I don’t know about you but when the first things that I hear are orders, directions, (“Keep your shoes here. Your room is over there.”) and warnings (“Once you realize that getting mugged isn’t the worst thing that can happen to you…), all hopes of going into a situation with a light and unsuspecting heart are pretty much gone down the drain. This is how I was initially introduced to Rio de Janeiro and try as I might, pretty much all of my daily activities are laced with paranoia and suspicion.
Should I bring my camera? Would that be smart? Good! I’m not the only person on the streets right now. I’m safe! Oh wait…why is that person walking so close to me? Was that a leer I caught in his eye? (I quicken my pace) Ah! why do people stare so much? I could have sworn that I’ve seen at two Brazilians with mohawks before. Maybe I should get it cut so that I’ll blend in better. But I love my hair… Why do I understand Portuguese so well, yet suck at responding to it? Yay, I’m almost there…Yes! I’m home!
Why is this so awkward? Is it weird that are conversations mostly consist of “Bom día,” “boa tarde,” “boa noite,” and “Deion, por favor…”, and “Deion, por quê..?” Why does she just happen to be in the kitchen every time that I’m in kitchen? Am I being watched? Can I be left alone to cook in peace? (Cue in mental scream of anguish and the subsequent disappointment that follows upon the realization that a person should never have to be so edgy in a place that’s “supposed” to be paradise and, most importantly, his new home)
Well, I am.
I was reading the symptoms of culture shock today and apparently, I’m going through a few of the symptoms. Irritability, reclusive behavior, the making of comparisons between target culture and the home culture…yeah, I display a few of those from time to time.
But most of all, I just wish that it all could have been done differently. The whole scare-the-crop-out-of-you-so-that-you-won’t-be-naïve routine has been played out to the max since I’ve been here in Rio, and well beforehand too. If something is going to happen, it will happen. At the end of the day, reality slaps you in face every now and then and, whether you wear the mouth-guard or not, your face will still sting from the pain.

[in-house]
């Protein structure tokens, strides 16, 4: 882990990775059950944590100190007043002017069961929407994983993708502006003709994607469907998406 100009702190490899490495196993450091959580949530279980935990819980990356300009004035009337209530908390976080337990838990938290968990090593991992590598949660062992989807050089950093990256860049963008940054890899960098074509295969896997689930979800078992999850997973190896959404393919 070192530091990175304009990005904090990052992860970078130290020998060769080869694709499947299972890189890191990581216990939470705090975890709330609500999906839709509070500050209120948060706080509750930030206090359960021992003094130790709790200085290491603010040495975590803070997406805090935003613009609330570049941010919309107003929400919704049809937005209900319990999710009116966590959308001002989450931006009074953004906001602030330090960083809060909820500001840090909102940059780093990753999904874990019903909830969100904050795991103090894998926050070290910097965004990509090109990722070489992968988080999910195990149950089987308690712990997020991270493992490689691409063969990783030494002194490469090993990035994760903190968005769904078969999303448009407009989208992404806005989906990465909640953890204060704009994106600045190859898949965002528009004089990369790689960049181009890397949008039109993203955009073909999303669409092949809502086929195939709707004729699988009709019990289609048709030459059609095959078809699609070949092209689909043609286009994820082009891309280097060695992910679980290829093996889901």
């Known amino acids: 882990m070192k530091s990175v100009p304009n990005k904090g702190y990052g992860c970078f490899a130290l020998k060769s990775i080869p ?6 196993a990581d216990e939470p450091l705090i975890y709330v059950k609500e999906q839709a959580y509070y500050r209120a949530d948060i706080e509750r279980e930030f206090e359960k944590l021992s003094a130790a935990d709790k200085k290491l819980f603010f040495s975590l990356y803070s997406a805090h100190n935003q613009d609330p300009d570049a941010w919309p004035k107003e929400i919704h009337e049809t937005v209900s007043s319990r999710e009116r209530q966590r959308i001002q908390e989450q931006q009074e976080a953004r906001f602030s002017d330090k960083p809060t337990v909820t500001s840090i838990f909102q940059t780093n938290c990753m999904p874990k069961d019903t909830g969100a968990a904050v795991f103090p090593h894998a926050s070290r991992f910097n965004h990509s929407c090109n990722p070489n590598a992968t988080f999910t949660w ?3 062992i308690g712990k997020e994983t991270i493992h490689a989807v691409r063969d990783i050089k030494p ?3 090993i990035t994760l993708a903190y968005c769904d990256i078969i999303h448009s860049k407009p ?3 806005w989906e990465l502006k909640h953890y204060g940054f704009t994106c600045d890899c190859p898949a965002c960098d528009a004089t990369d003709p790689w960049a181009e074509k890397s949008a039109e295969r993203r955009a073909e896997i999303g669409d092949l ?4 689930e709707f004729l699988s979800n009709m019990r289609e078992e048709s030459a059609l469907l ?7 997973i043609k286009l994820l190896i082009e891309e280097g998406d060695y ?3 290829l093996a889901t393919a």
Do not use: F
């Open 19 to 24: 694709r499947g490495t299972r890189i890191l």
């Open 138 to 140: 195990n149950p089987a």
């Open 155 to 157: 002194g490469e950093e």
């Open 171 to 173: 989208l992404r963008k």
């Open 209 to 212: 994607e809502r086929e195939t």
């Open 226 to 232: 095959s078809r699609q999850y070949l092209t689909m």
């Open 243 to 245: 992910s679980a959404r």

From what I’ve experienced thus far, it seems like the goal behind the creation of this program was to create a mini Georgetown in Brazil. It’s all there: the chic neighborhoods, good shopping, the close proximity to famous attractions, dependable faculty members. With all of that within fifteen minutes of you, why leave? I don’t know about the other students here, but another bubble was the last thing that I was looking for when I decided to come here. Besides, what does all this mean when you come back home at the end of the day only to find out that you’re living with the worst R.A ever?
Last Friday, I met someone in Lapa (kind of like the Adam’s Morgan of DC or the Chippewa Street of Buffalo) who really changed my perspective on life here in Rio, Brazil, and of life in general.
“How do you say, “eles me roubaram”? …Yes! They robbed me. But what am I going to do, sit here and cry or go home? No! I’m going to stay here and drink and dance. You have to live life, you know?” Murilo then took the hand of the nearest girl, one that he hadn’t even known prior to that moment, and proceeded to samba to the beat of the live music that poured from beneath the aqueducts that once brought life to the city…(clarification: I was not robbed! Murilo was the one that had been robbed and he is the one that told me the quote mentioned above! Thanks for your concern, though. If it does happen, I’ll be sure to let you know!)
I made a promise to myself while on the beach today that I wouldn’t get trapped inside the Leblon bubble. The Rio that I want won’t come to me so now, I shall go to it. First step?